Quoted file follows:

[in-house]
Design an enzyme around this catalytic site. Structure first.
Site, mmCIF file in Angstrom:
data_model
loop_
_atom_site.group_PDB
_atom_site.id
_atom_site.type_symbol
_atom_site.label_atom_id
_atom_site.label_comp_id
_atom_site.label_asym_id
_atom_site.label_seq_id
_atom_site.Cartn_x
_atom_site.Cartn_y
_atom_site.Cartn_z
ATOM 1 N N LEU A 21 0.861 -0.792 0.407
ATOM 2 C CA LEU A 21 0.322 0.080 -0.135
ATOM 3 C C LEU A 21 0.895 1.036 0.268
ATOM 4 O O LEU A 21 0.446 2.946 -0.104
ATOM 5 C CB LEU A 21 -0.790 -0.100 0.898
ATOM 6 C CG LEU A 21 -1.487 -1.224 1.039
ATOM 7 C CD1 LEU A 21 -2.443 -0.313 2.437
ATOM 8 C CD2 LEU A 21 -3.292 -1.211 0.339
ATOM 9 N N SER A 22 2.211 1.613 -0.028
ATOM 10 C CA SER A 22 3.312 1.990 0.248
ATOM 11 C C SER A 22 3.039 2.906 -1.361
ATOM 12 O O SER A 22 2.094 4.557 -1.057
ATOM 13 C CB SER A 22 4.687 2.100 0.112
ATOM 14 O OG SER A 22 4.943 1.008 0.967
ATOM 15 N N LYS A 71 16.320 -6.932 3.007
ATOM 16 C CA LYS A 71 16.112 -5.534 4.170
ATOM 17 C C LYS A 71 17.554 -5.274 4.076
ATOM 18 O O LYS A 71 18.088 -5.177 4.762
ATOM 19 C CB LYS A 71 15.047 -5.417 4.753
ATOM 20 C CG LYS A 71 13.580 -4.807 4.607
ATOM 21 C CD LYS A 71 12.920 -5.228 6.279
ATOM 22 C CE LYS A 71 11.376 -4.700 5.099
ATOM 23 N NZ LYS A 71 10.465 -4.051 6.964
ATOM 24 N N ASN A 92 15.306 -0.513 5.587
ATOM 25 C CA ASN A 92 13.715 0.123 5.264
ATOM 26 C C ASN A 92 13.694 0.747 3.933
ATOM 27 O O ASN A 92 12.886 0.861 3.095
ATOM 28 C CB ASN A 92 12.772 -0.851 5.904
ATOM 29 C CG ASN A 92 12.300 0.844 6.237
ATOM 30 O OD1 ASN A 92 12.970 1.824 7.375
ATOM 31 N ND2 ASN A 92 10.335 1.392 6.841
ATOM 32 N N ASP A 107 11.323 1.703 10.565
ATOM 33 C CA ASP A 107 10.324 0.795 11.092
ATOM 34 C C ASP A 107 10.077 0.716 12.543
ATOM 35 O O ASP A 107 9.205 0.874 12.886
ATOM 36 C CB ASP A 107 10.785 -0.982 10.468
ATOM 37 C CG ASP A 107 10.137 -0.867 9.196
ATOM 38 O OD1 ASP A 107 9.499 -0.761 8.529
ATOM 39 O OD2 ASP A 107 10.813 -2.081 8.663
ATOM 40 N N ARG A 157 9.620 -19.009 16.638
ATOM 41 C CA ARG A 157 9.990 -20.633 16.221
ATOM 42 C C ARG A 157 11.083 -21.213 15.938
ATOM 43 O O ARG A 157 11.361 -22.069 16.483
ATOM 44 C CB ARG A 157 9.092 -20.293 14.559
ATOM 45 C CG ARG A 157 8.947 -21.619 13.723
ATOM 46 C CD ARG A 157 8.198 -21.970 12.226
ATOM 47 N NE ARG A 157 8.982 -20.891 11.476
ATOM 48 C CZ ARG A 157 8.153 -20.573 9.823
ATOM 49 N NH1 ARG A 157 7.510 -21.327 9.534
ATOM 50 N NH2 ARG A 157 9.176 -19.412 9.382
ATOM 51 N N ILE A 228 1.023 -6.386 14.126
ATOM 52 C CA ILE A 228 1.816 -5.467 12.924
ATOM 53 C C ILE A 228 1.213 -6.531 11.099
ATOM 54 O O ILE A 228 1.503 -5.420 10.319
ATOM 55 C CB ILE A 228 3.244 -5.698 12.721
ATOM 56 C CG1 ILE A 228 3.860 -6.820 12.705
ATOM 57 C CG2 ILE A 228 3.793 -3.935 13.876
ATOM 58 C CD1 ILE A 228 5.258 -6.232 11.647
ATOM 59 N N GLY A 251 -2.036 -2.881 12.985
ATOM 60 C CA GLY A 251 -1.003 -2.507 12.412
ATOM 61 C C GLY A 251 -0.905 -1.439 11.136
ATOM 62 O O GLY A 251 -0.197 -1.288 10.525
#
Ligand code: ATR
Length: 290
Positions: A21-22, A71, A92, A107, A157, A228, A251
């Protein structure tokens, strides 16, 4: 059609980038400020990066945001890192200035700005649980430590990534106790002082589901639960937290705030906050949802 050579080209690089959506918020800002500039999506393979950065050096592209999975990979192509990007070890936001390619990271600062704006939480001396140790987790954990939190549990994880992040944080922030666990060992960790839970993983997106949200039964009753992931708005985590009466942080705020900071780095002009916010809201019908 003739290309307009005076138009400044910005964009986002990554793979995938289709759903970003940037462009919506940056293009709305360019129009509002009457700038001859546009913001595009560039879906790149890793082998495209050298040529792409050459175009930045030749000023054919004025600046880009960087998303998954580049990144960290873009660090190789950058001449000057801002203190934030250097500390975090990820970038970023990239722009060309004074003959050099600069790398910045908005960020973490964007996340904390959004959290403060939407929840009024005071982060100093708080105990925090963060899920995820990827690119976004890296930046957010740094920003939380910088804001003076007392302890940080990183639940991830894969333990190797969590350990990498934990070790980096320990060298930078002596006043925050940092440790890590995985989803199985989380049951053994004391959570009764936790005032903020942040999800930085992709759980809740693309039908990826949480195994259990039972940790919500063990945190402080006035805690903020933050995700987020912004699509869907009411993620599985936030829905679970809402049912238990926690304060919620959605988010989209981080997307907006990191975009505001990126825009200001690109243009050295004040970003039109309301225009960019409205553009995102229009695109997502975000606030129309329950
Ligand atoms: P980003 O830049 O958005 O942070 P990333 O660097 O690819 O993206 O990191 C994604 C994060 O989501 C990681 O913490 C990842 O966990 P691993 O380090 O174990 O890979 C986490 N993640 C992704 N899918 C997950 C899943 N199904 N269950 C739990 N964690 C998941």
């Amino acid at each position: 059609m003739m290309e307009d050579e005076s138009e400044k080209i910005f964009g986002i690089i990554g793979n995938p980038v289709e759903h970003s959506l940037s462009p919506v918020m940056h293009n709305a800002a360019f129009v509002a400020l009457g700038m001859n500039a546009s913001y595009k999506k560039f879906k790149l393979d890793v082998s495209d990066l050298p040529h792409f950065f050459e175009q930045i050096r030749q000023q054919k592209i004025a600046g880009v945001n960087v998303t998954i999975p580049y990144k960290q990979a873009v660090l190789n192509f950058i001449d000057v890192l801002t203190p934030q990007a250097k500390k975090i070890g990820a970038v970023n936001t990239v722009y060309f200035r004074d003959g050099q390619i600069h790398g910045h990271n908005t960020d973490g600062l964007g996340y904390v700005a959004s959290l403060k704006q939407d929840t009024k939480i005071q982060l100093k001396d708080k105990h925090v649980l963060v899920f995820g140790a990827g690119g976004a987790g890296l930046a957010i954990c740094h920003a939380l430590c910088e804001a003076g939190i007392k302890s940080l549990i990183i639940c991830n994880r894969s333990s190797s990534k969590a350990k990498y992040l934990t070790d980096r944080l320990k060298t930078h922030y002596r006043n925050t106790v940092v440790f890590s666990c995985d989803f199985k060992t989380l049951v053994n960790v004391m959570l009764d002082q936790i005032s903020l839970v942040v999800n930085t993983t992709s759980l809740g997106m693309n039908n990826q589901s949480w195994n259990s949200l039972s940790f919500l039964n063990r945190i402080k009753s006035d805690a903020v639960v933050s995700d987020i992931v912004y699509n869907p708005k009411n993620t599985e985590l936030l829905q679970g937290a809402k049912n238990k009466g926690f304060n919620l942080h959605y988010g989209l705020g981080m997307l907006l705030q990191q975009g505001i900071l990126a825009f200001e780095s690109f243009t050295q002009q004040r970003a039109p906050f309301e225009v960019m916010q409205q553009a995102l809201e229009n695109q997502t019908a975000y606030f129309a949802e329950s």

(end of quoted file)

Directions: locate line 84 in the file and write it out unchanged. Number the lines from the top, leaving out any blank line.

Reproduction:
């Amino acid at each position: 059609m003739m290309e307009d050579e005076s138009e400044k080209i910005f964009g986002i690089i990554g793979n995938p980038v289709e759903h970003s959506l940037s462009p919506v918020m940056h293009n709305a800002a360019f129009v509002a400020l009457g700038m001859n500039a546009s913001y595009k999506k560039f879906k790149l393979d890793v082998s495209d990066l050298p040529h792409f950065f050459e175009q930045i050096r030749q000023q054919k592209i004025a600046g880009v945001n960087v998303t998954i999975p580049y990144k960290q990979a873009v660090l190789n192509f950058i001449d000057v890192l801002t203190p934030q990007a250097k500390k975090i070890g990820a970038v970023n936001t990239v722009y060309f200035r004074d003959g050099q390619i600069h790398g910045h990271n908005t960020d973490g600062l964007g996340y904390v700005a959004s959290l403060k704006q939407d929840t009024k939480i005071q982060l100093k001396d708080k105990h925090v649980l963060v899920f995820g140790a990827g690119g976004a987790g890296l930046a957010i954990c740094h920003a939380l430590c910088e804001a003076g939190i007392k302890s940080l549990i990183i639940c991830n994880r894969s333990s190797s990534k969590a350990k990498y992040l934990t070790d980096r944080l320990k060298t930078h922030y002596r006043n925050t106790v940092v440790f890590s666990c995985d989803f199985k060992t989380l049951v053994n960790v004391m959570l009764d002082q936790i005032s903020l839970v942040v999800n930085t993983t992709s759980l809740g997106m693309n039908n990826q589901s949480w195994n259990s949200l039972s940790f919500l039964n063990r945190i402080k009753s006035d805690a903020v639960v933050s995700d987020i992931v912004y699509n869907p708005k009411n993620t599985e985590l936030l829905q679970g937290a809402k049912n238990k009466g926690f304060n919620l942080h959605y988010g989209l705020g981080m997307l907006l705030q990191q975009g505001i900071l990126a825009f200001e780095s690109f243009t050295q002009q004040r970003a039109p906050f309301e225009v960019m916010q409205q553009a995102l809201e229009n695109q997502t019908a975000y606030f129309a949802e329950s």